‘Selling is about building relationships.’
This vacuous, five-word cliché floats nicely off the tongue at most sales training seminars, networking events and cocktail parties. The harsh reality is that North America’s selling model does little to ingratiate seller to buyer. It incites salesperson avoidance.
While avoiding salespeople may seem as logical as locking our doors at night, avoidance squanders precious business time, good will, profits and opportunities for buyer and seller alike and it weakens our economy. Selling, as we practice it today, places hurdles in the way of selling relationships.
Were selling truly about building relationships it would be characterized by professional objectivity, impartiality and a healthy measure of selflessness. Sellers would not selfishly invade the time and space of their prospects with cold, off-the-street walk-ins and interruptive telephone calls. They would not waste time making unqualified, mind-numbing sales presentations, or inflict pointless rationales upon their prospects in order to overcome their objections. If selling were truly about building relationships salespeople would, instead, invest their time helping their prospects make timely, well-thought-through buying decisions. Traditional sell-cycles would plummet. Sell-closures would spike.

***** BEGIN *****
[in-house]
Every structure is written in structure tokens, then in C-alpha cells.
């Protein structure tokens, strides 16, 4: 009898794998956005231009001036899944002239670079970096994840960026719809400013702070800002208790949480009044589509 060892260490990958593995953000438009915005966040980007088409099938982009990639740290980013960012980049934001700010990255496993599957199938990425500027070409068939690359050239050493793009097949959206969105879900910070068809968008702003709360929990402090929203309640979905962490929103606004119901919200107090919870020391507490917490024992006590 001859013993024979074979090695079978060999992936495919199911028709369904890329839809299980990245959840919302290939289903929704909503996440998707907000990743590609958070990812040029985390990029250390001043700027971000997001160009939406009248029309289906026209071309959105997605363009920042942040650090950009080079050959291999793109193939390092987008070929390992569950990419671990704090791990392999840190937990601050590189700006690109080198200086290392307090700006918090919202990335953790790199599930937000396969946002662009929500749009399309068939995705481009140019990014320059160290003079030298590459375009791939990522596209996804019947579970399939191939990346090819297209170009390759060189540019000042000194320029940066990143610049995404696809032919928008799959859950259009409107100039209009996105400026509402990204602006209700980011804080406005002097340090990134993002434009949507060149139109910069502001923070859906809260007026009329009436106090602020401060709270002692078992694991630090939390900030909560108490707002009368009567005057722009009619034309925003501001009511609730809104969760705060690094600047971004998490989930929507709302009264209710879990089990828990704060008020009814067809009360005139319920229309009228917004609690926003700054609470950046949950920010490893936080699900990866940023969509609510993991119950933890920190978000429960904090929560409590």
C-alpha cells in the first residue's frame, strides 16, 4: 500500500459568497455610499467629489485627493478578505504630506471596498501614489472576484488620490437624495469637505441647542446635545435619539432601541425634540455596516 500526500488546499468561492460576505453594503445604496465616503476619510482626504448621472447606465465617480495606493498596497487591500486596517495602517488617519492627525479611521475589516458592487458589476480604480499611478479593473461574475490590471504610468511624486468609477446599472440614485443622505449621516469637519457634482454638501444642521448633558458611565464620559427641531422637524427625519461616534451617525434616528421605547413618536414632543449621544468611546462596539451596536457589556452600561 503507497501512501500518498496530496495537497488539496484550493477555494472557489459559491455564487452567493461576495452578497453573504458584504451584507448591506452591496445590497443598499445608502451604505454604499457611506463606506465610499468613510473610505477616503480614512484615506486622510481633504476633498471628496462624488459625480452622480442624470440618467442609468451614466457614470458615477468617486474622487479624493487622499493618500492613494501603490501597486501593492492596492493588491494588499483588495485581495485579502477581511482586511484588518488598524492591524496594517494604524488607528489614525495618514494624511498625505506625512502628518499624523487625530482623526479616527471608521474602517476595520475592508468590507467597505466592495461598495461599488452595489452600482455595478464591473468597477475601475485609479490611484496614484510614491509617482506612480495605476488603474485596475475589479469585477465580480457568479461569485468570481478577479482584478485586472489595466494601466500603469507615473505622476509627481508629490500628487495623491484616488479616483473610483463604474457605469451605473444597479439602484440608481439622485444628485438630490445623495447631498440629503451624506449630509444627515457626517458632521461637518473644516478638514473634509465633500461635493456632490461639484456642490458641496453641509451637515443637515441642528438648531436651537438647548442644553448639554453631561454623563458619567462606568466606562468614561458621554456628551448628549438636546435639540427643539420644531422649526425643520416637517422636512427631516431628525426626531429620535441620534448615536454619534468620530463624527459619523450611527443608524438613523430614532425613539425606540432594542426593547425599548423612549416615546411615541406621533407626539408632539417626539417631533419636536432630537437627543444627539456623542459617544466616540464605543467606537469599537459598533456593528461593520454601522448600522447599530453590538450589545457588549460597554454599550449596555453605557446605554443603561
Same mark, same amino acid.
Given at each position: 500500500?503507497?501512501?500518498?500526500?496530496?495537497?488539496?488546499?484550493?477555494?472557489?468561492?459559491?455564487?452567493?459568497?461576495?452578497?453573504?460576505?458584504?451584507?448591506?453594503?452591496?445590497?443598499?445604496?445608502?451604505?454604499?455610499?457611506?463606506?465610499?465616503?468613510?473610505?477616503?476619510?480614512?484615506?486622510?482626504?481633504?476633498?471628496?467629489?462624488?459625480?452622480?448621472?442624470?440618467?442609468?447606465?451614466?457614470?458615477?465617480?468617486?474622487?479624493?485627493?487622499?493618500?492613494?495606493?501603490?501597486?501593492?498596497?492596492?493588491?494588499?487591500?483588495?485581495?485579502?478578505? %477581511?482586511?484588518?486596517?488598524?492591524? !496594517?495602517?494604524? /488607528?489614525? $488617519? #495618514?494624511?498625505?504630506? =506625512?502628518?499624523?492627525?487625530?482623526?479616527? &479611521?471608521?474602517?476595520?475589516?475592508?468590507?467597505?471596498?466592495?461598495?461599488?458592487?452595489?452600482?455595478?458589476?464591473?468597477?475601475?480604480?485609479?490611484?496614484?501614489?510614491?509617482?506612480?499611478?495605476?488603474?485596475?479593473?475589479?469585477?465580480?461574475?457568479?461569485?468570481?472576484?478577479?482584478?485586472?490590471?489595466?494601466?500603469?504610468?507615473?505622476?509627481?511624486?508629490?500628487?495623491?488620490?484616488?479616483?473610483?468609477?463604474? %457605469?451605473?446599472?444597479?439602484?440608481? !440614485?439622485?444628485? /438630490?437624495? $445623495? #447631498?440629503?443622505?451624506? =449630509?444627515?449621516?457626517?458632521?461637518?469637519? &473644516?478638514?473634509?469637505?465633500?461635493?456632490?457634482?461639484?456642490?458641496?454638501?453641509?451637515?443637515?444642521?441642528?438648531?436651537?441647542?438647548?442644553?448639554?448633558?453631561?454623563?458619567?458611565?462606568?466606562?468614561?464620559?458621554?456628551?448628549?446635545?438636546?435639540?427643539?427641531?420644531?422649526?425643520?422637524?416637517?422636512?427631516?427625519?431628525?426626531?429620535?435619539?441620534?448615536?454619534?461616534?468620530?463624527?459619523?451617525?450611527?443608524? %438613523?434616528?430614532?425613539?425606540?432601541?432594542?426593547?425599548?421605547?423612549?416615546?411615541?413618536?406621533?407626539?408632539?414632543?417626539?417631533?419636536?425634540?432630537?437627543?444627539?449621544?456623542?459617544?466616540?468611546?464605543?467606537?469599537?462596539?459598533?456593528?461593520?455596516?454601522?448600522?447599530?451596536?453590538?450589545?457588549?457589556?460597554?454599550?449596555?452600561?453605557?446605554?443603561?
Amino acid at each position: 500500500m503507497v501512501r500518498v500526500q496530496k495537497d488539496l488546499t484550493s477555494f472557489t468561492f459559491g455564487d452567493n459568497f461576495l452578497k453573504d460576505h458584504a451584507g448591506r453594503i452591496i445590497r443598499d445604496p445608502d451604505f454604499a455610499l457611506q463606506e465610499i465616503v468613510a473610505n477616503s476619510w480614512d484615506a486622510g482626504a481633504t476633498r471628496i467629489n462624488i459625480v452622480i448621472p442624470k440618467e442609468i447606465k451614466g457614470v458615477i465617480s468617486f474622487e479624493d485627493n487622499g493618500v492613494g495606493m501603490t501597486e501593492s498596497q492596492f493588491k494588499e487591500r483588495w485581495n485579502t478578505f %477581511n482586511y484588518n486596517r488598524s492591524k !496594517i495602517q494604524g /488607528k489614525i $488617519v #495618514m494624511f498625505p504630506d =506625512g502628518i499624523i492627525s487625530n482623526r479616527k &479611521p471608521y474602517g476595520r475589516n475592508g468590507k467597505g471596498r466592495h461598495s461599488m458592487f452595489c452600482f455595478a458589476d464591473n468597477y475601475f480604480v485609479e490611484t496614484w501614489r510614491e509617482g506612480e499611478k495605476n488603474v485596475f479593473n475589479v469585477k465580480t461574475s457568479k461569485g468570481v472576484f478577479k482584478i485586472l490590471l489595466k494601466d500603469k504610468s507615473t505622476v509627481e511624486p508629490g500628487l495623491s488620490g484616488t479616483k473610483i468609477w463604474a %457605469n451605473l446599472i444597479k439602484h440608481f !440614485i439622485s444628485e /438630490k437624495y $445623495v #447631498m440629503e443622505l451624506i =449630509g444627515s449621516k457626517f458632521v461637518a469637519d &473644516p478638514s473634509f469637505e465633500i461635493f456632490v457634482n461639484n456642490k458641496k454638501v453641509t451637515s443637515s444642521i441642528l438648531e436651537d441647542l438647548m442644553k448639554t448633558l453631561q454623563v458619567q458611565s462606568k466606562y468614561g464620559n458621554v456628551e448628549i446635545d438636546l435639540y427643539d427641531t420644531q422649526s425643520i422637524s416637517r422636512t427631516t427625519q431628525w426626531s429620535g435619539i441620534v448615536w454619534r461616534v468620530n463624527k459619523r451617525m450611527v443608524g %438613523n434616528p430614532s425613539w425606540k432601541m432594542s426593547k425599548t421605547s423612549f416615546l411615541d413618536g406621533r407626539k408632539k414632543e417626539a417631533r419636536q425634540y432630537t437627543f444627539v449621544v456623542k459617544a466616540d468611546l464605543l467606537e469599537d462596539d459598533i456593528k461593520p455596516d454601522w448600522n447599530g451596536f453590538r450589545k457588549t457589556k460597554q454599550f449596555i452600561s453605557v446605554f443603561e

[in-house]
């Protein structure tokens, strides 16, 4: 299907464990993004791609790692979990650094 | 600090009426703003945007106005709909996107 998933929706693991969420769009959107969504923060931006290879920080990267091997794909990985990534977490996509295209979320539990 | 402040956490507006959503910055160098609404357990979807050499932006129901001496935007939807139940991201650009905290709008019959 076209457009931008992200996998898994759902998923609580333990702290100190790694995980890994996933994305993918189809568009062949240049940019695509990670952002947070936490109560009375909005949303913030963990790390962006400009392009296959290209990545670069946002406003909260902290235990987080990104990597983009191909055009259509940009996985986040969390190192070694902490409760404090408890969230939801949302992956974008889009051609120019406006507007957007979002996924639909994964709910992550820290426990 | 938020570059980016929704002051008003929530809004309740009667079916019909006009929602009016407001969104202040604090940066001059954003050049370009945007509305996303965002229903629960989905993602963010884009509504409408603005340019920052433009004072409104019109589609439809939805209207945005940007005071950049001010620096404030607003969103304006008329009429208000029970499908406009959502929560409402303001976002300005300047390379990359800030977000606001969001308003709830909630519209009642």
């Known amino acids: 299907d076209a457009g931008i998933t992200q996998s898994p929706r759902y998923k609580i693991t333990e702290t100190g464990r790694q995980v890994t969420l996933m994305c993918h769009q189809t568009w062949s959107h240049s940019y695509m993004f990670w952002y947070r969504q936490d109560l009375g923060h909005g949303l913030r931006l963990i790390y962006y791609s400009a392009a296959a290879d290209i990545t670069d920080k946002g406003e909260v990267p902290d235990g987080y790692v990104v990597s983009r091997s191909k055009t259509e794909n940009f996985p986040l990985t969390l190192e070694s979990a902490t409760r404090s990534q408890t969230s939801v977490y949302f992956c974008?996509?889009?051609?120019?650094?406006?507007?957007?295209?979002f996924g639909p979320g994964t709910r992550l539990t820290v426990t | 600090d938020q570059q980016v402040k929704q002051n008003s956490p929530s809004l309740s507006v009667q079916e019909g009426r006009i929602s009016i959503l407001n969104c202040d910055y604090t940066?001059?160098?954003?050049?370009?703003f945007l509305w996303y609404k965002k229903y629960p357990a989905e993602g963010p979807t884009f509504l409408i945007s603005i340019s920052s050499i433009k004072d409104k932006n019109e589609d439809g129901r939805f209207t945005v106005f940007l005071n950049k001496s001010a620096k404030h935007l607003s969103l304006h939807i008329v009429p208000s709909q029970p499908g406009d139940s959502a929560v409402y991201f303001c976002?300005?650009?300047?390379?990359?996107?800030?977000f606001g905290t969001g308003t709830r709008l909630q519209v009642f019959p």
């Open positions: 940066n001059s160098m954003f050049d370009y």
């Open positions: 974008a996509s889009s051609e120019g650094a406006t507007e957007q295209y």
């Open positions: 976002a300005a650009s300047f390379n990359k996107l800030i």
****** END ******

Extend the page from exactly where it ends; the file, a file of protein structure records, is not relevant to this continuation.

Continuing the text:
If selling were about building relationships employers would compensate their salespeople for their valuable skills as they would any respected professional … with a dignified salary, benefits and bonus options. Employers making such investments in their salespeople become very discriminating when hiring. Salespeople, for their part, would no longer amble from one selling position to the next abandoning their client and prospect equity’, selling’s most valuable relationship-building resources. Instead, the relationships they initiate would have time to mature and prosper.
As you decide how your company will sell this year … remember, March 2015 is International Hug a Salesperson Month.